Serious mental illness
For some people, life’s problems go far beyond typical mental health difficulties.
Serious mental illness can be truly debilitating. Perhaps more than with any other type of mental disorder, it can leave a person and his or her family completely devoid of hope.
Through Community’s full spectrum of services for the seriously mentally ill, these individuals and their families can find a way to cope and even to hope. Community’s professionals work to treat each client at whatever level of care he or she may need. They then strive to help their clients reach the highest possible level of functioning.
What is serious mental illness?
Clients of Community’s program for the seriously mentally ill typically have schizophrenia or another psychotic or mood disorder that significantly impairs their ability to function. This illness is expected to last more than a year or is the result of some kind of situational trauma. Clients typically experience significant problems in at least two of these four areas:
- Activities of daily living
- Interpersonal relationships
- Concentration, persistence and pace
- Adaptation to change
For these clients, Community psychiatrists, psychologists, nurses, social workers, counselors, case managers and other professionals can provide any or all of the following services.
For those clients who can remain at home, Community provides a range of support. These services can help them remain as active as possible while receiving the professional care they need:
- Outpatient therapy (individual, family and group)
- Day therapy (intensive weekday programs)
Community Support Services
The professionals at Community Support Services manage the cases of clients facing a serious mental illness. For each client, a case management team assesses the client's needs, plans treatment, monitors medication and provides home visits as needed.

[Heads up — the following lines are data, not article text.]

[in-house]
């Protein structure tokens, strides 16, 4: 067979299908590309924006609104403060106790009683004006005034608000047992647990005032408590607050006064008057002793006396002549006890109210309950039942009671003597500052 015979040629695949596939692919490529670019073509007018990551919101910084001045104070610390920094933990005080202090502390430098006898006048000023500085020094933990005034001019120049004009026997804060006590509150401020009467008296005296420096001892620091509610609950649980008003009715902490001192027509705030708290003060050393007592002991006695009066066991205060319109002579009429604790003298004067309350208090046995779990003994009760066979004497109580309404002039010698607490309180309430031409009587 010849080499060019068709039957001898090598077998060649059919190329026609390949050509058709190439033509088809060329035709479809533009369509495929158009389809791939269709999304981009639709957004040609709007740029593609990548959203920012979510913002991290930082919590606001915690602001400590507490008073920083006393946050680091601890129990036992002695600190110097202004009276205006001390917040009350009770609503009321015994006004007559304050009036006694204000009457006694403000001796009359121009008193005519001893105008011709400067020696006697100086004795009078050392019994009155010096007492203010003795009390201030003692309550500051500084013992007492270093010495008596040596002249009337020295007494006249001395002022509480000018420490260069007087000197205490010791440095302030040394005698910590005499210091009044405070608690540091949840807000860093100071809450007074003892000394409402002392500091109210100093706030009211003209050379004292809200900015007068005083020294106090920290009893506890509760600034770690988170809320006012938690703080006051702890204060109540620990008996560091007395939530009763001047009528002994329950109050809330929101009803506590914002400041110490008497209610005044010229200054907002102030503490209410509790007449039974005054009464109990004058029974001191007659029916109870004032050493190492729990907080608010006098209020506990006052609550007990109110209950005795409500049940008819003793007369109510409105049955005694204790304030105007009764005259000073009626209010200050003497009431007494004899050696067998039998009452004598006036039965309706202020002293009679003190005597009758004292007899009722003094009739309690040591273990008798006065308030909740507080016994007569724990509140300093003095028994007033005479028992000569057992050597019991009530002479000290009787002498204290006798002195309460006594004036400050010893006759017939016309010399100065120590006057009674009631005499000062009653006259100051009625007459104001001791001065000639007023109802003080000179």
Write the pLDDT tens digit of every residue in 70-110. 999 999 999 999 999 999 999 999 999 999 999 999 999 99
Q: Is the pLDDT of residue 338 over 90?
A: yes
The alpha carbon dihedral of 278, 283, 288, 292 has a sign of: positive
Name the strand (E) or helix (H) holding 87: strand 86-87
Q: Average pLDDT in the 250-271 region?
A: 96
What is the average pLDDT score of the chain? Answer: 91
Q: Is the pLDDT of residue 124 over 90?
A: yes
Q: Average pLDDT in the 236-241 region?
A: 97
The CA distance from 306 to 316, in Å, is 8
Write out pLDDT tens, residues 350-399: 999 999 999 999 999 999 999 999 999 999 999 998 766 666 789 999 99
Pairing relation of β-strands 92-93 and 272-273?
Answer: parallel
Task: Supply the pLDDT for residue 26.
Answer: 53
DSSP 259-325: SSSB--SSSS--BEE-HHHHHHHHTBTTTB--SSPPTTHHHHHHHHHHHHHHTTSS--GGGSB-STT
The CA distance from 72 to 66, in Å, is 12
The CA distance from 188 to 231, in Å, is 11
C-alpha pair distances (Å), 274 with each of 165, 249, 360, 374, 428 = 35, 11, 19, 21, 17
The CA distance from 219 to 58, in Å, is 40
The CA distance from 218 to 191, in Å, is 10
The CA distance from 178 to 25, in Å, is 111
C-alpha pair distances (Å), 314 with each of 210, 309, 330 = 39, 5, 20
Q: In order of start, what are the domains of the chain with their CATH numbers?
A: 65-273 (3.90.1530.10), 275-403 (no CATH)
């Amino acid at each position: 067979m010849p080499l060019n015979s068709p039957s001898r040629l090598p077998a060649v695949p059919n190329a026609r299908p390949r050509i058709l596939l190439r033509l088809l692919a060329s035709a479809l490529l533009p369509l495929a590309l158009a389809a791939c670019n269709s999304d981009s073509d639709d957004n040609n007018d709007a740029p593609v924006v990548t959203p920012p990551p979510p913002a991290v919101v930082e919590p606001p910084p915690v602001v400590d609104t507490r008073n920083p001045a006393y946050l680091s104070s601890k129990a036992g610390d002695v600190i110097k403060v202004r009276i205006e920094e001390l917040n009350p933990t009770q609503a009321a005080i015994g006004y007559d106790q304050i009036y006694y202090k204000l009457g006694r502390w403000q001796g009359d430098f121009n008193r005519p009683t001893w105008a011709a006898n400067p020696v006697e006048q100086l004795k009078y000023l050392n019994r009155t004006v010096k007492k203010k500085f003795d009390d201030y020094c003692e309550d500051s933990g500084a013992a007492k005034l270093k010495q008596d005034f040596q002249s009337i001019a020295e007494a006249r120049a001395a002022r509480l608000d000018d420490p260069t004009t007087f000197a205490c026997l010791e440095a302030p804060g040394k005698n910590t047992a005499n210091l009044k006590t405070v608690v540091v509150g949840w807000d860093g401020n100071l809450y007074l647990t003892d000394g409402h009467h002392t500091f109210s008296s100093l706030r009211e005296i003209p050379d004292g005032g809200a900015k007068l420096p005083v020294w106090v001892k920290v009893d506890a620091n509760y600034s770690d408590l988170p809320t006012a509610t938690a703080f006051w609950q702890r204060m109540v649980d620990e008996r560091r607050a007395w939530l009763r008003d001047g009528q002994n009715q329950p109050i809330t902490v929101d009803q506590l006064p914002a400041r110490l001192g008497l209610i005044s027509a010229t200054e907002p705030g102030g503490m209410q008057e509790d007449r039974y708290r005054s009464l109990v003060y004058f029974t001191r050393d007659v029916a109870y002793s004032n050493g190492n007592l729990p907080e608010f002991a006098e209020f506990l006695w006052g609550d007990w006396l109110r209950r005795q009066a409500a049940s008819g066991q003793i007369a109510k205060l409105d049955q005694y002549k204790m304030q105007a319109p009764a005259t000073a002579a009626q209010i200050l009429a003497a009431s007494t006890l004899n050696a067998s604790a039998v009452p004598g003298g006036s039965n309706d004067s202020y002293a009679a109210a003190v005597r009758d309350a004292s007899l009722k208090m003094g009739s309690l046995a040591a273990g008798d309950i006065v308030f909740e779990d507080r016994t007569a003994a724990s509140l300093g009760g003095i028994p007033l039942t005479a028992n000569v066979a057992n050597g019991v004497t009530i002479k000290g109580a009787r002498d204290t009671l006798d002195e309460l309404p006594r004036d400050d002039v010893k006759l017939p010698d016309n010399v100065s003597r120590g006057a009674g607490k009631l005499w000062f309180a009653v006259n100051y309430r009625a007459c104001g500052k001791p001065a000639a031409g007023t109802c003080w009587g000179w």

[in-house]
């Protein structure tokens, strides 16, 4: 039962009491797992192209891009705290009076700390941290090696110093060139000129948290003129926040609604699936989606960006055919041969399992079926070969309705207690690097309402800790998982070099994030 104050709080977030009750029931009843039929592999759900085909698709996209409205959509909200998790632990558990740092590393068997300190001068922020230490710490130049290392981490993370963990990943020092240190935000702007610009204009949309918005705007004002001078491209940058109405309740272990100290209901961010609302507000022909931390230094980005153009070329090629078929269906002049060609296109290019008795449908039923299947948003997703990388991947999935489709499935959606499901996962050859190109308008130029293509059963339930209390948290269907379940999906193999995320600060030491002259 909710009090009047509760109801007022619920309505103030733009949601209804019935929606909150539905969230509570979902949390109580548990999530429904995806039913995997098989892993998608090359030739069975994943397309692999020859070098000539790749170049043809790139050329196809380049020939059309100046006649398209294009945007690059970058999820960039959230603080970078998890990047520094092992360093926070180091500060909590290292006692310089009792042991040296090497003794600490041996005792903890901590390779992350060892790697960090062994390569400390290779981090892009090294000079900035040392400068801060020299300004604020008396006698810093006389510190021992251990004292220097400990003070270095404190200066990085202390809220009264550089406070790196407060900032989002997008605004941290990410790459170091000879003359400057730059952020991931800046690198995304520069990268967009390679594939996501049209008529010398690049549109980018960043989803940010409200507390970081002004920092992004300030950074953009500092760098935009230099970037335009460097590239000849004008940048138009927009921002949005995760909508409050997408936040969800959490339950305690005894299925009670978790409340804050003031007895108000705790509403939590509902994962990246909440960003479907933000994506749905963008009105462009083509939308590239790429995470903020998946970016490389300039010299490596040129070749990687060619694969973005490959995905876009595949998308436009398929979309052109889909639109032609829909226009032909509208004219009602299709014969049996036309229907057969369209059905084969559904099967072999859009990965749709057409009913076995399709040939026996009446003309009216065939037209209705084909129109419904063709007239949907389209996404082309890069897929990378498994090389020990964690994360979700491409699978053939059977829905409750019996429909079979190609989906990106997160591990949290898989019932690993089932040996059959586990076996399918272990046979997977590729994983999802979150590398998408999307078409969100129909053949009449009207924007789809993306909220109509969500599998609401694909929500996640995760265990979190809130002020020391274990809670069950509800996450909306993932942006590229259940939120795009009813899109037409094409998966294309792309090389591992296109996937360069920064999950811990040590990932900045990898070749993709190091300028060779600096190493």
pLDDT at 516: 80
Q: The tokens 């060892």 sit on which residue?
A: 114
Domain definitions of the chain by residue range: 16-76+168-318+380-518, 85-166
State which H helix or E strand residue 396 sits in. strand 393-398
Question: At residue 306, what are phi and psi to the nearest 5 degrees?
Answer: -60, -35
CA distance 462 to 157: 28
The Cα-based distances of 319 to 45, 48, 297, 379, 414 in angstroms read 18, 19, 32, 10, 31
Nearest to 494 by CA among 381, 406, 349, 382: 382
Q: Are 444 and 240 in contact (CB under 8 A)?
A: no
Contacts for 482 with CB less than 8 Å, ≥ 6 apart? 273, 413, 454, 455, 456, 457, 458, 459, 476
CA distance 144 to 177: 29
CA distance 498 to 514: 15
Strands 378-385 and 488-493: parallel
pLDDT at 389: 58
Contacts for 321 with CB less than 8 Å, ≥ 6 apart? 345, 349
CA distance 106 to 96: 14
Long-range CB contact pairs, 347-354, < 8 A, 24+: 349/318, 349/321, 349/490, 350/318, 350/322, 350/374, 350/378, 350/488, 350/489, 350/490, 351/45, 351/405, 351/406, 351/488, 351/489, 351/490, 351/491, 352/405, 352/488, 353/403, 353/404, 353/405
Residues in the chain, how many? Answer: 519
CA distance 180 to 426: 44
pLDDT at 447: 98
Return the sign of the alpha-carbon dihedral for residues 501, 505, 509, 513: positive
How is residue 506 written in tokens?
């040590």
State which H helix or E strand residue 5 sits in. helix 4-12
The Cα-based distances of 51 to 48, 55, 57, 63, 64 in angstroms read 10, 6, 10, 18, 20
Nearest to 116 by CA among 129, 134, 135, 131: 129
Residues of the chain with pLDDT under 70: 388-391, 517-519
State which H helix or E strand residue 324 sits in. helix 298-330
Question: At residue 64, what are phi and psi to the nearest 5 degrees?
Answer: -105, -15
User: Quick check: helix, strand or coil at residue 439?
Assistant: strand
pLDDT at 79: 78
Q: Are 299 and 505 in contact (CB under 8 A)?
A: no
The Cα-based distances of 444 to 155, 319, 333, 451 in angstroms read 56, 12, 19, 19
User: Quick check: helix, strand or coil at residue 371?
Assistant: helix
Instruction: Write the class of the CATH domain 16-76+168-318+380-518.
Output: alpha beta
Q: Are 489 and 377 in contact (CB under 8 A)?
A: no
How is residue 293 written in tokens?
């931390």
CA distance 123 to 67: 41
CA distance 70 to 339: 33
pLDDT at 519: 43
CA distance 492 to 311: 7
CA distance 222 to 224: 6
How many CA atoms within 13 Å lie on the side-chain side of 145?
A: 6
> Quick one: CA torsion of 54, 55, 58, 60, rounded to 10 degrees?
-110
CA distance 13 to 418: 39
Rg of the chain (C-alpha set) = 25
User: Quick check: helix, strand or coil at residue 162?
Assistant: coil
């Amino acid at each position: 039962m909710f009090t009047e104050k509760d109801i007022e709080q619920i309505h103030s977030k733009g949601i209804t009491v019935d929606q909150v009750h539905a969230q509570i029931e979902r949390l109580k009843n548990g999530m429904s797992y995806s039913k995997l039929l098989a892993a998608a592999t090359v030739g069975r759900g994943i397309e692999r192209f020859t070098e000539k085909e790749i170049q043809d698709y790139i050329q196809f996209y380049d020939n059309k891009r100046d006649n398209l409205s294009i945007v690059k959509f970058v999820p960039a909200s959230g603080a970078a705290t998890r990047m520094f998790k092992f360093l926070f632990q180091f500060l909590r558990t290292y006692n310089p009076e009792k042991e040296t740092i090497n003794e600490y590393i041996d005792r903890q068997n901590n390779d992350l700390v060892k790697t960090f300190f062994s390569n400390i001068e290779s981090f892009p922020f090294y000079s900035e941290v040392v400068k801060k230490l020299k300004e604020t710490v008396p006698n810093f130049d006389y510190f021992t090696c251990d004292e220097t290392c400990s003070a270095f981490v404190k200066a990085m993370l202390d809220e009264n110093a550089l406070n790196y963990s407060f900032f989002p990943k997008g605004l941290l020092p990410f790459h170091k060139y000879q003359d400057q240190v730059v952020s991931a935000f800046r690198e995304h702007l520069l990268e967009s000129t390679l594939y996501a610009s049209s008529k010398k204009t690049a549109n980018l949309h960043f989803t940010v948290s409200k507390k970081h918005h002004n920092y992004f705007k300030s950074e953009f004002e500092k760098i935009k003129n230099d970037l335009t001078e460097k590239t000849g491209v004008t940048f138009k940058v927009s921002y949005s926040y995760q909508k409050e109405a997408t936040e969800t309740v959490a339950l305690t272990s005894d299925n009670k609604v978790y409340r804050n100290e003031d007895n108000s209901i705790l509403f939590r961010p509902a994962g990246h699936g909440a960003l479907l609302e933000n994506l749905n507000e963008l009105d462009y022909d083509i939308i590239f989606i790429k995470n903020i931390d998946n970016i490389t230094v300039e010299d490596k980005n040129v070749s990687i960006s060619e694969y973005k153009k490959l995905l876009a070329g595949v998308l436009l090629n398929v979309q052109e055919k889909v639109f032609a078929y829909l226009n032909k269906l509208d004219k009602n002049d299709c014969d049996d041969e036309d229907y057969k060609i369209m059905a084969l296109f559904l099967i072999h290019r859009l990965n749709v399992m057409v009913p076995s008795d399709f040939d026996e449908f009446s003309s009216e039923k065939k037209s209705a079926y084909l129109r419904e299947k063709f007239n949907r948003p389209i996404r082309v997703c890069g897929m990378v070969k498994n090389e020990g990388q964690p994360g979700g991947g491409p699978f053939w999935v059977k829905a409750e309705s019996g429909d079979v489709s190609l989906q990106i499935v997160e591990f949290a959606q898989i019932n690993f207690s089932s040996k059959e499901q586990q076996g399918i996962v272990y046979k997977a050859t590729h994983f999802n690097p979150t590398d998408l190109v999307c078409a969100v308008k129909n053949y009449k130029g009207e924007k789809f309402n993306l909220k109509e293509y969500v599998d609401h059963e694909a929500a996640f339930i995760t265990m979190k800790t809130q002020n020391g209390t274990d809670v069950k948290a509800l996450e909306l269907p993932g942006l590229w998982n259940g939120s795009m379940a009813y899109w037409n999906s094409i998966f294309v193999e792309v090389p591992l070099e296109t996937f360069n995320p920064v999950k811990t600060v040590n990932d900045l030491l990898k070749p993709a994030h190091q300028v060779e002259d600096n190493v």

This service also offers “psychosocial rehabilitation,” which includes therapy groups, mental health education, skill-building groups and work teams. Clients learn coping skills from enjoyable recreation and socialization in a clubhouse atmosphere.
In addition, Community Support Services can provide supported employment services and vocational rehabilitation and offer referrals for home health nursing services.
Some clients in the midst of a serious mental illness are unable to live independently. In these situations, Community offers a variety of supervised living arrangements.
Group homes in Indianapolis and Shelbyville provide clients with 24-hour supervision. Instructors help residents learn daily living skills such as money management, cooking, cleaning, medication management and personal hygiene.
Case managers supervise each resident’s clinical care. Other supportive care includes transportation and assistance with medical appointments as well as social support.
The group home staff monitors each resident’s functional level with the goal of improving independent living skills so he or she may move to a less restrictive living environment.
In this program, two clients live together in affordable housing, receiving case management services in the day and skills instruction in the evening. The program strives to build clients’ skills and health so they may move to a more independent living situation.
Semi-independent living program
In this time-limited program, clients live independently but with professional support that helps them establish and maintain their independence.
Clients dealing with a severe psychiatric crisis can find help at the Psychiatric Pavilion located on the Community Hospital North campus. The pavilion features a number of age- and diagnosis-specific inpatient units, including a program specifically designed for the needs of seriously mentally ill clients.
The staff stabilizes individuals and helps them reach a point where they can return home or to a residential living program.
Indiana offers some state hospital programs that provide long-term care for treatment-resistant psychosis or for clients who are persistently suicidal and/or homicidal. Community’s professionals can refer you to the appropriate care.
Call with questions or in crisis
Whatever your situation, help is within your reach. Call Community’s 24-hour phone line for more information about any of these services. Our professionals can suggest how and where you can begin to find help.
Master’s-degreed clinicians stand by at all hours and have at their disposal a network of supportive services in your area, including emergency behavioral care.
For 24-hour crisis referral, call 317-621-5700 or toll-free at 800-662-3445.